Zach LaVine’s progress is halted but not stamped out

Zach LaVine’s 2016-17 season was one of progress. After largely relying on his absurd athleticism for two seasons, you could see the game slowing down for him. Instead of rushing into mid-range pull-ups or bad passes in the pick-and-roll, he was letting plays develop. This season, until it ended on Friday due to a torn ACL, was one of his skill (and legitimacy as a NBA player) matching his talent.

Now, LaVine will have to wait until next season to pick up where he left off. Which considering he’s still only 21-years-old, isn’t the worst thing. In the 47 games he played this year, LaVine made 120 3-pointers — only three less than all last season. He was taking 6.6 per game after taking 3.9 per game last year, but also making them at roughly the same clip.

On defense, and when there’s even a semblance of space on offense, LaVine’s tendency is still to rise first and think later, and he doesn’t have the court vision of an elite playmaker. But don’t get it twisted — LaVine was meaningfully improved in year three.

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Under no circumstances is this an ideal scenario for LaVine and the Timberwolves. But it isn’t dire either. Again, LaVine is 21 and ACL surgery and recovery isn’t the end of a career by any means, at least not the way it used to be. Even if the Wolves bring him back slowly and he misses the start of next season, he is still years away from his prime and the prime of the Wolves’ core. Andrew Wiggins, who will be in his fourth year next season, turns 22 in a few weeks time. Karl-Anthony Towns is 21 and won’t turn 22 until November of next season.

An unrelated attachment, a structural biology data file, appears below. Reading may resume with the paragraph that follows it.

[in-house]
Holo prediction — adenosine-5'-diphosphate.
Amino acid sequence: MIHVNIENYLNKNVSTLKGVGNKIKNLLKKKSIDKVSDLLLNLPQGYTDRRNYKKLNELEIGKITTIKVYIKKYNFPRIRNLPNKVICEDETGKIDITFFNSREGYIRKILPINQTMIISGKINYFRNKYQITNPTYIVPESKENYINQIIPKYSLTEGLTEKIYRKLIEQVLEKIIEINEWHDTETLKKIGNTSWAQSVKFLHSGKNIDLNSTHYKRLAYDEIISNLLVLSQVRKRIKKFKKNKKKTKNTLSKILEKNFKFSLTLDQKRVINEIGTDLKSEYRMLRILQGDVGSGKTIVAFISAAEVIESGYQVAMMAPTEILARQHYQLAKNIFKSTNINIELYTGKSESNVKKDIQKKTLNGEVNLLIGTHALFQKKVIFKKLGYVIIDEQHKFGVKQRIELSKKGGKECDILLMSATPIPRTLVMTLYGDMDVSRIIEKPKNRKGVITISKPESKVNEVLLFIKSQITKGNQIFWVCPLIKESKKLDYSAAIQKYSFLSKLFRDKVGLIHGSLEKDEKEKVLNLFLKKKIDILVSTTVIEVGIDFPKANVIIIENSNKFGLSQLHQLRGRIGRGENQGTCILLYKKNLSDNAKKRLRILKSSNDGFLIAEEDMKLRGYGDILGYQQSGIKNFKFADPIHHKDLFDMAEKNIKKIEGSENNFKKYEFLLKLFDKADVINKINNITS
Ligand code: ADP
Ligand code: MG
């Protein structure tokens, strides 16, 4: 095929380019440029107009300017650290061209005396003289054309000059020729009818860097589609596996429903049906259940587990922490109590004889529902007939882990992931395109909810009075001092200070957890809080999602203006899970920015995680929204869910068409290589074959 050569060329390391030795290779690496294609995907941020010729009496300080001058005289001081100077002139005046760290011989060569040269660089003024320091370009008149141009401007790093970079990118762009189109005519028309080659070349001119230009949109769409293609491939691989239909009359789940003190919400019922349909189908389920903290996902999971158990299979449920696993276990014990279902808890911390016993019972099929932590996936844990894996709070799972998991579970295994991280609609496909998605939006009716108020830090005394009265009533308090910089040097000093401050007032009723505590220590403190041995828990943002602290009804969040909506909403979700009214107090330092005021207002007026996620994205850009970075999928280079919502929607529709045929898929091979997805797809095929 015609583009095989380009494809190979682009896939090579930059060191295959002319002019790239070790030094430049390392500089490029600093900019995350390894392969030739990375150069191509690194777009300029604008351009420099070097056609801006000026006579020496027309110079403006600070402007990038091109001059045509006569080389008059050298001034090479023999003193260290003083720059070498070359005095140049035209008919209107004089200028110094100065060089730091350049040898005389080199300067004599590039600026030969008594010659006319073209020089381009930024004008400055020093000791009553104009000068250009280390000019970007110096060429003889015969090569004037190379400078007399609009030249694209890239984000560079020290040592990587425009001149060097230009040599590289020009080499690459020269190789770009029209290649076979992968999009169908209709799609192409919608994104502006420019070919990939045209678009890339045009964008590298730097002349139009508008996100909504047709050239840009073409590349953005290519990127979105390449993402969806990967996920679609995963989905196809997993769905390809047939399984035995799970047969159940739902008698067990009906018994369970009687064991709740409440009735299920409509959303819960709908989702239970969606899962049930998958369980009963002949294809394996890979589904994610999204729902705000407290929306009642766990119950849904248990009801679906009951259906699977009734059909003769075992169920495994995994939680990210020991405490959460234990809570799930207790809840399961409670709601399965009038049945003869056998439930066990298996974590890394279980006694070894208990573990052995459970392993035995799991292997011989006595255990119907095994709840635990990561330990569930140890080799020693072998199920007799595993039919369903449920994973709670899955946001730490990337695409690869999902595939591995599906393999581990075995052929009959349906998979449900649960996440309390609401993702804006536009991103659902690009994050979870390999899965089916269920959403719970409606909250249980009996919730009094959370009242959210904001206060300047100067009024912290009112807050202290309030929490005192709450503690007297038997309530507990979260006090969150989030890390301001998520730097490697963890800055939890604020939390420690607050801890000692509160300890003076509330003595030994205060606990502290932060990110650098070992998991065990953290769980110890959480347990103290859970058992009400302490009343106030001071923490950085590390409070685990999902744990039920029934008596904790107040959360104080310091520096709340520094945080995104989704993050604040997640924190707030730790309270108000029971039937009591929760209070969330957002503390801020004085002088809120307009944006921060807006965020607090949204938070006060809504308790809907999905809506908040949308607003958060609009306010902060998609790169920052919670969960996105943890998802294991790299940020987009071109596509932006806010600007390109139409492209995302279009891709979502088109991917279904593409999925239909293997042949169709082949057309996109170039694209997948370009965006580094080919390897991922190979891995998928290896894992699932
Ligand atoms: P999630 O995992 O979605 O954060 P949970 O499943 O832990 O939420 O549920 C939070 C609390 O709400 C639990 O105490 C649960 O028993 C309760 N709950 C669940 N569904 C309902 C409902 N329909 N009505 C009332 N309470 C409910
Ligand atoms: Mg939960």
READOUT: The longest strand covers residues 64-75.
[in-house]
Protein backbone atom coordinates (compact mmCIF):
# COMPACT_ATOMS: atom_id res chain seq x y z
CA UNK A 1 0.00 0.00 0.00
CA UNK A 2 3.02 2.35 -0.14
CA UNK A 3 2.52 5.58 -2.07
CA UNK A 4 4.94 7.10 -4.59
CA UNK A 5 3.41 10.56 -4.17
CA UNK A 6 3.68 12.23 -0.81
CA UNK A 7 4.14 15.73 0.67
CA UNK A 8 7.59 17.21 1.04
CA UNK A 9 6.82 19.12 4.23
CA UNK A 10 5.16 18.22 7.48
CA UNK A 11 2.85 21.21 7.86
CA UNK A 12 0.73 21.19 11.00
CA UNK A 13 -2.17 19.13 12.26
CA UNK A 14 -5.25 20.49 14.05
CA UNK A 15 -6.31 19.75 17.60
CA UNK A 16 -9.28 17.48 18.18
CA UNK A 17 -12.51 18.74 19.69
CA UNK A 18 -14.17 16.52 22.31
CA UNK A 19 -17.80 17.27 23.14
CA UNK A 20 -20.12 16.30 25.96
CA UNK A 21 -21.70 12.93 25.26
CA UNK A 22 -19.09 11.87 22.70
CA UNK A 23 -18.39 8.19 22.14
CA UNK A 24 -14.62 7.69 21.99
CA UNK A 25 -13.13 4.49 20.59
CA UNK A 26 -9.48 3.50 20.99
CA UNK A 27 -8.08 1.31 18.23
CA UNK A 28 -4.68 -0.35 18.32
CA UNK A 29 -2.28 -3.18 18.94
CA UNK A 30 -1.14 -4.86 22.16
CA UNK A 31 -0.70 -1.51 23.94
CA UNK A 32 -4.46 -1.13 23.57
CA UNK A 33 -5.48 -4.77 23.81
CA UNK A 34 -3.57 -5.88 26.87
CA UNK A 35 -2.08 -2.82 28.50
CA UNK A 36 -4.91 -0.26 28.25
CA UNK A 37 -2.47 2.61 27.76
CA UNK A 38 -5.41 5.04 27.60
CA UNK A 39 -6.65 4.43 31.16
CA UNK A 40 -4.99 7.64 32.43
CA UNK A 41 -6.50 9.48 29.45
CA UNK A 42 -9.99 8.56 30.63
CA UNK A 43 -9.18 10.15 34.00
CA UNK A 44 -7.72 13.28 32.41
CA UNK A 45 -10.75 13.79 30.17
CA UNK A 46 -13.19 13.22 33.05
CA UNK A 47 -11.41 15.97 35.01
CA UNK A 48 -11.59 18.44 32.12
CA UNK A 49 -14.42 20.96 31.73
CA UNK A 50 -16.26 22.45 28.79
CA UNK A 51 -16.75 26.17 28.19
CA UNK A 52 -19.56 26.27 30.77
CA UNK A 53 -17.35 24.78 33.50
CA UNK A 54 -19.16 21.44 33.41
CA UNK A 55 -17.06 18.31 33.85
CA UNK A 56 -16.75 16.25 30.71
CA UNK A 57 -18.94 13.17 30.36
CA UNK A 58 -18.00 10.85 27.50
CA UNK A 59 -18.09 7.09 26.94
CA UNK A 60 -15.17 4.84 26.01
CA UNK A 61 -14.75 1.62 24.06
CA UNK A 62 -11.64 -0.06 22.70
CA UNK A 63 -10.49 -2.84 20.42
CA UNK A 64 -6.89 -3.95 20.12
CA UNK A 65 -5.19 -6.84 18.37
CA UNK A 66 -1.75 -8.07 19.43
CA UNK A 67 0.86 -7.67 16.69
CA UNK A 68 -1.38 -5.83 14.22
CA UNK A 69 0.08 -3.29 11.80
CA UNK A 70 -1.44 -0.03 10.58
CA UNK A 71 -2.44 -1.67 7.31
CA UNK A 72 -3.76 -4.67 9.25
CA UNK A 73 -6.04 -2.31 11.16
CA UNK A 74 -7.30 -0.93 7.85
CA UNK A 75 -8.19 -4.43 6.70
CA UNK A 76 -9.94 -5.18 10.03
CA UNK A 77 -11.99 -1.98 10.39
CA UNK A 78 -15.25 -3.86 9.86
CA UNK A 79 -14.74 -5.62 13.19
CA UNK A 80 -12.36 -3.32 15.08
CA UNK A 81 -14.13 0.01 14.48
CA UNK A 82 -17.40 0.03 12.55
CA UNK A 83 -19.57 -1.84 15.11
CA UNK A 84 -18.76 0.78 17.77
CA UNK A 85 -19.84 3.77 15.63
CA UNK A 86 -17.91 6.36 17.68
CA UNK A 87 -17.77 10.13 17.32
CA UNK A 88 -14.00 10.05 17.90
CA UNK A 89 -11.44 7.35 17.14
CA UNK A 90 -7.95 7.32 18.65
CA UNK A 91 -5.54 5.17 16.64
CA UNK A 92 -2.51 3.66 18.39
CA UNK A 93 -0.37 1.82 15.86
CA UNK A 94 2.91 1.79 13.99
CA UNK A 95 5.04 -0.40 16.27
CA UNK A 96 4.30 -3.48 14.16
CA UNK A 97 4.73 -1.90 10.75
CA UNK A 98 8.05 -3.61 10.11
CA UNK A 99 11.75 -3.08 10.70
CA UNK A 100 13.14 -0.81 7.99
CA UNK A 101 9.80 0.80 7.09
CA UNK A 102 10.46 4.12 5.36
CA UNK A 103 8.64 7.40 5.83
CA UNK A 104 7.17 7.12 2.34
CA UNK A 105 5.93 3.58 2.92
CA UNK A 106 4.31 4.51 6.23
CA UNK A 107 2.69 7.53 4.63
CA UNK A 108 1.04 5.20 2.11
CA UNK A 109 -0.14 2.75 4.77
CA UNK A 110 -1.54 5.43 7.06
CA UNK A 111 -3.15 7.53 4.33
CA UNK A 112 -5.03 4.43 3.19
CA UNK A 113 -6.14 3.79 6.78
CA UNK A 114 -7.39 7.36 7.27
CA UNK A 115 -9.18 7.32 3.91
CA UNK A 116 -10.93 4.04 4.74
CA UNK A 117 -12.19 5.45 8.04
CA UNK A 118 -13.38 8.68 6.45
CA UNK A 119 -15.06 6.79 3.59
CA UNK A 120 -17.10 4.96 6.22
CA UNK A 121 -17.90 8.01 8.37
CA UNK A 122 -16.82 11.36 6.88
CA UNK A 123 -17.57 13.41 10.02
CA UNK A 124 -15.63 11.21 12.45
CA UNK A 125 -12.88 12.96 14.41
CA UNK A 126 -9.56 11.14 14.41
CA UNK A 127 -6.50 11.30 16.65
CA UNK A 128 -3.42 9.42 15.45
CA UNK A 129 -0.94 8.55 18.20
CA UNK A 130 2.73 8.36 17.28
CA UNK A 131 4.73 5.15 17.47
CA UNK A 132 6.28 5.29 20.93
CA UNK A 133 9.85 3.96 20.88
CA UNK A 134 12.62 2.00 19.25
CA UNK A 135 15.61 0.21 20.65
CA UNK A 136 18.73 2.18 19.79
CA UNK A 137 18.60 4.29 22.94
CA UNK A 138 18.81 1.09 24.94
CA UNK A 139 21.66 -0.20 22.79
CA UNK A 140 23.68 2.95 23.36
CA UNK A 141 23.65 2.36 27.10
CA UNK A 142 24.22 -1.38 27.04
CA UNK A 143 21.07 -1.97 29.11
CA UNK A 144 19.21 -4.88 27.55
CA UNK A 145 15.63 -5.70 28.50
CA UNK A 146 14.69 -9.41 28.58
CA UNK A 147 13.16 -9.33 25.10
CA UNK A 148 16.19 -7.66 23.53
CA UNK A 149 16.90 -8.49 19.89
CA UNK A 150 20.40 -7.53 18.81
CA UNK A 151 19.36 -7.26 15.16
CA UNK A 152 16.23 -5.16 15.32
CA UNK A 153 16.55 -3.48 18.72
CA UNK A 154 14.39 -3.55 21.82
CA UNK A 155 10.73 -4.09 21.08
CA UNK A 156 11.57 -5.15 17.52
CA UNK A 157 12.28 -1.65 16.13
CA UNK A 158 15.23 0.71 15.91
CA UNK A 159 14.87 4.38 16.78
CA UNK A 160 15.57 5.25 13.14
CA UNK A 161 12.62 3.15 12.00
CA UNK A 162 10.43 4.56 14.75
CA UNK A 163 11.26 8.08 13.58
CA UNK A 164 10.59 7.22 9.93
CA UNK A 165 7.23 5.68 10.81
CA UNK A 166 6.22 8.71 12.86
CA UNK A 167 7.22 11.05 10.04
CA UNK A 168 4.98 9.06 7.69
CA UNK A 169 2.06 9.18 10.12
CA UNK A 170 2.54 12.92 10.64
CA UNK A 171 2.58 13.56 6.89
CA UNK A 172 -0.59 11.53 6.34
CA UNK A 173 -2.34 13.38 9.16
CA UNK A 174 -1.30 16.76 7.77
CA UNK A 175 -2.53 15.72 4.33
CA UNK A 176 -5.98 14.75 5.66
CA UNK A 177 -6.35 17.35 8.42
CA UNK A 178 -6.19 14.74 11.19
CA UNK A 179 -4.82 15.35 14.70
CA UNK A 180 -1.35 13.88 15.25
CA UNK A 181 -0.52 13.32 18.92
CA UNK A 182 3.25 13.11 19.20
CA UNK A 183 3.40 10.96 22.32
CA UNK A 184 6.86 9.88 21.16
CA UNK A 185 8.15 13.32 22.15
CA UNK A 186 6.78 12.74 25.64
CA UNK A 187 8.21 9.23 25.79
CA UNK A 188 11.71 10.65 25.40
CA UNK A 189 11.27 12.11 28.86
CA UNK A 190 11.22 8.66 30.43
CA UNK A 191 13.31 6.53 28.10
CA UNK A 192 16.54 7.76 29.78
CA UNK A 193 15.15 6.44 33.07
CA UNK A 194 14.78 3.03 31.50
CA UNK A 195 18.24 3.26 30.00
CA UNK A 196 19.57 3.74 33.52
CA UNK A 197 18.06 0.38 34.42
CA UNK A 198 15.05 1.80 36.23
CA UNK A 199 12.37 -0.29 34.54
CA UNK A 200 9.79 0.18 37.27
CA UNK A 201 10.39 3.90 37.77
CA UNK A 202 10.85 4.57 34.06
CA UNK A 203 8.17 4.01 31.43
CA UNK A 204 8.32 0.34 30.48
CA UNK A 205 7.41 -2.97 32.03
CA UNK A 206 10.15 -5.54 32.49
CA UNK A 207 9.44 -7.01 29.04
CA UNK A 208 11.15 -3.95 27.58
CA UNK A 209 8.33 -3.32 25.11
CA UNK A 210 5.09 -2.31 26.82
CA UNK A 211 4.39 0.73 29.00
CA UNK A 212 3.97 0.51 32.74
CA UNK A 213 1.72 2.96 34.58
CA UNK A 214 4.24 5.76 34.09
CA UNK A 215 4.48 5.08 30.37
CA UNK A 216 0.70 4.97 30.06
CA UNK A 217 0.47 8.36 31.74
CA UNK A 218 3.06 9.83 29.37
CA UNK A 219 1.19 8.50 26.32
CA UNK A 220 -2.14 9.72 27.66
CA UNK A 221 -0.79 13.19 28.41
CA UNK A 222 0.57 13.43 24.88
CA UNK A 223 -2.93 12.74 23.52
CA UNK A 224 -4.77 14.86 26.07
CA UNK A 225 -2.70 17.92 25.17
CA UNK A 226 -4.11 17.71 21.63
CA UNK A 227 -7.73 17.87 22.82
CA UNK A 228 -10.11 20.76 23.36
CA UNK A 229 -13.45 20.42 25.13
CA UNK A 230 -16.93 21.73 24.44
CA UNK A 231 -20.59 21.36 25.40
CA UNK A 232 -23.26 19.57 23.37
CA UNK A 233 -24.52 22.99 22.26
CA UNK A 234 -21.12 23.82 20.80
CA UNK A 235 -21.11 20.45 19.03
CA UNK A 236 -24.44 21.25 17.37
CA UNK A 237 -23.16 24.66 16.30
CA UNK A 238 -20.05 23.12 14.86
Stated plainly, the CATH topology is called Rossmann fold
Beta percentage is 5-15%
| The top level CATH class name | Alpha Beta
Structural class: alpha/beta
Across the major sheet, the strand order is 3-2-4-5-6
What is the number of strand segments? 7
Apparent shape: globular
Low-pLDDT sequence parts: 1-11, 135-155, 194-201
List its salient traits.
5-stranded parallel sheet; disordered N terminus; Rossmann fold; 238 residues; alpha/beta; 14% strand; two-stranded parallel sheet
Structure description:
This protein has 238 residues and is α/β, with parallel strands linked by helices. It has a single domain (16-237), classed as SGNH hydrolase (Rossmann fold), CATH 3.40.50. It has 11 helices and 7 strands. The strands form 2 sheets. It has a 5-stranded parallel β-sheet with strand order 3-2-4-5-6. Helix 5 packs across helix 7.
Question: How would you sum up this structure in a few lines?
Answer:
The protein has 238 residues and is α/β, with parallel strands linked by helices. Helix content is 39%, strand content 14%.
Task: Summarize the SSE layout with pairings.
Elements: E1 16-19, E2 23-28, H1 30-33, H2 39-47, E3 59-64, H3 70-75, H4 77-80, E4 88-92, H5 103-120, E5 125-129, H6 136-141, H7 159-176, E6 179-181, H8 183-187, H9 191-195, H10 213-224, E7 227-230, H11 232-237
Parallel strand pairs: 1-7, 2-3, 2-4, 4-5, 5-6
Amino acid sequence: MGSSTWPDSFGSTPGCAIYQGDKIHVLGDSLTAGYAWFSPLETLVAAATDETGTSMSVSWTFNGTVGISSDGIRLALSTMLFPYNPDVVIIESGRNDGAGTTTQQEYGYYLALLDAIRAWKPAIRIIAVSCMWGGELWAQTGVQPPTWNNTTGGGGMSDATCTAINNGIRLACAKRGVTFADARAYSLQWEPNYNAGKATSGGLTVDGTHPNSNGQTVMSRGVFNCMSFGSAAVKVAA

Kris Dunn, even if he’s old by rookie standards, isn’t done developing at age 22 with his 23rd birthday about a month away. Expectations and always looming contract extensions aside, there’s still a lot of time for this team’s core to percolate. Also, this isn’t another setback in a long string of health issues as this is the first, and only, time LaVine has dealt with a serious injury.

What’s perhaps most interesting will be how the Timberwolves adjust in LaVine’s absence. Wiggins will likely do more — mind you, he’s already playing 37.2 minutes per game with a 27.7 percent usage percentage, both team and career highs — while being scrutinized even more. Dunn, and perhaps Tyus Jones, will be given more opportunities. Maybe Rubio ends up sticking around through the rest of the season. Expect to see more of Brandon Rush, too. Shabazz Muhammad also figures to get more opportunities as the result of LaVine’s injury and his case is perhaps the most interesting.

In his fourth year, Muhammad is shooting a career best 45.3 percent from 3 on roughly the same number of attempts he’s taken the previous three seasons. The rest of his game is empty, but considering he’d played a lot with LaVine this season, he’s going to be tasked with more responsibility. He’s also about to hit free agency, so how he performs over the next few months will have a lot do with what his checking account will look like come July.

It’s also possible that coach/president Tom Thibodeau could look to add a veteran via trade ahead of the Feb. 23 deadline or via free agency. The latter market is lacking actual useful players, unless the likes of Alonzo Gee or P.J. Hairston are of interest. Minnesota isn’t exactly loaded with assets outside of their main core either. Their first round pick this season is owed to the Atlanta Hawks, albeit with lottery protection, which means it can’t be included in any deal. With the Wolves still in the hunt for the No. 8 seed and Thibs’ past penchant for veteran players, a move doesn’t seem out of the question.

But whatever comes next, the Wolves can take solace in the fact that this is just a blip in the road. LaVine will be back, perhaps changed, but still with a lot of room to grow.

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